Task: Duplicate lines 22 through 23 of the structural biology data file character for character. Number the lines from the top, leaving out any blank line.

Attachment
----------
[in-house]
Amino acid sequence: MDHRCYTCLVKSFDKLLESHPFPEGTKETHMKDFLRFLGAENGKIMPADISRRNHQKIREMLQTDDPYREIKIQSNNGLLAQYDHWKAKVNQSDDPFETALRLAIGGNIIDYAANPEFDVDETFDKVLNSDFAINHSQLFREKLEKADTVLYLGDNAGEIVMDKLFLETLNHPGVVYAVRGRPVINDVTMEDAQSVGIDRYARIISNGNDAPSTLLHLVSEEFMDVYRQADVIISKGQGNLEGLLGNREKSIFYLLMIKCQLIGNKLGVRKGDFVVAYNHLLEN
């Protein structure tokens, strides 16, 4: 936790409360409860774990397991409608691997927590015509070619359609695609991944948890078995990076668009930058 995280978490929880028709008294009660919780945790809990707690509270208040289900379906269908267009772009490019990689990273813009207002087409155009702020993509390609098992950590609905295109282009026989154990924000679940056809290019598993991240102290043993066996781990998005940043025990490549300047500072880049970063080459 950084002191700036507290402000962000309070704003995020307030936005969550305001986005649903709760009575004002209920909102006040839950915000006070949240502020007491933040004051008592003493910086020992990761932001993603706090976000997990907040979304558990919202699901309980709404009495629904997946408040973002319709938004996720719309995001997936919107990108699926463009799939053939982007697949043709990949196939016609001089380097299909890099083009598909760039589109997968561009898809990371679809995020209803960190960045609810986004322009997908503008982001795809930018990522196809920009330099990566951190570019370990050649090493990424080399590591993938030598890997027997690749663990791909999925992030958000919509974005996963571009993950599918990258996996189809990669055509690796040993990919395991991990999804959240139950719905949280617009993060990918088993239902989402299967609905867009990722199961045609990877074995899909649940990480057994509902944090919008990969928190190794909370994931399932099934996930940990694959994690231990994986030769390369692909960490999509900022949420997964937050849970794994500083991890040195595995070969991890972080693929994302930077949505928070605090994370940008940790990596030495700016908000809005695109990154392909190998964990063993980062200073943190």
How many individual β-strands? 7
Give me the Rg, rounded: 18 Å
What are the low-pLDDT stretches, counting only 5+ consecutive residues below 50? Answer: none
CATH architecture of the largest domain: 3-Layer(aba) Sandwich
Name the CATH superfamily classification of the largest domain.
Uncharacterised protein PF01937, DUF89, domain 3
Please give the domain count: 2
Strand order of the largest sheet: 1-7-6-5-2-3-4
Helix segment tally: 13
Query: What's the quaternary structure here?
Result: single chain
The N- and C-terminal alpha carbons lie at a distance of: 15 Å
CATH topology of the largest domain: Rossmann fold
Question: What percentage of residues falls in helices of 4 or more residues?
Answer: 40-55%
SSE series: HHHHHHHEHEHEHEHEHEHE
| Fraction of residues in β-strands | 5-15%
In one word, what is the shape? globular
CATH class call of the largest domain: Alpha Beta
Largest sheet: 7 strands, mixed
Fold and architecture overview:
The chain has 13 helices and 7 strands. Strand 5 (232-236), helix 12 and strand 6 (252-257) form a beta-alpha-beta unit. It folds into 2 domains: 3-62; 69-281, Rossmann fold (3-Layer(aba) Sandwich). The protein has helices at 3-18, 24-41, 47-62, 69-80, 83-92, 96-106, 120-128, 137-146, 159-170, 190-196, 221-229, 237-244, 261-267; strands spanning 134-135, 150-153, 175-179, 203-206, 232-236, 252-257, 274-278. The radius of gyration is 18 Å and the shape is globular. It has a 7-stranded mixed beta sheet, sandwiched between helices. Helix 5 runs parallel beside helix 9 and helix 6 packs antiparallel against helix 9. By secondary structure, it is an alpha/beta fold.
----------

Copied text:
CATH class call of the largest domain: Alpha Beta
Largest sheet: 7 strands, mixed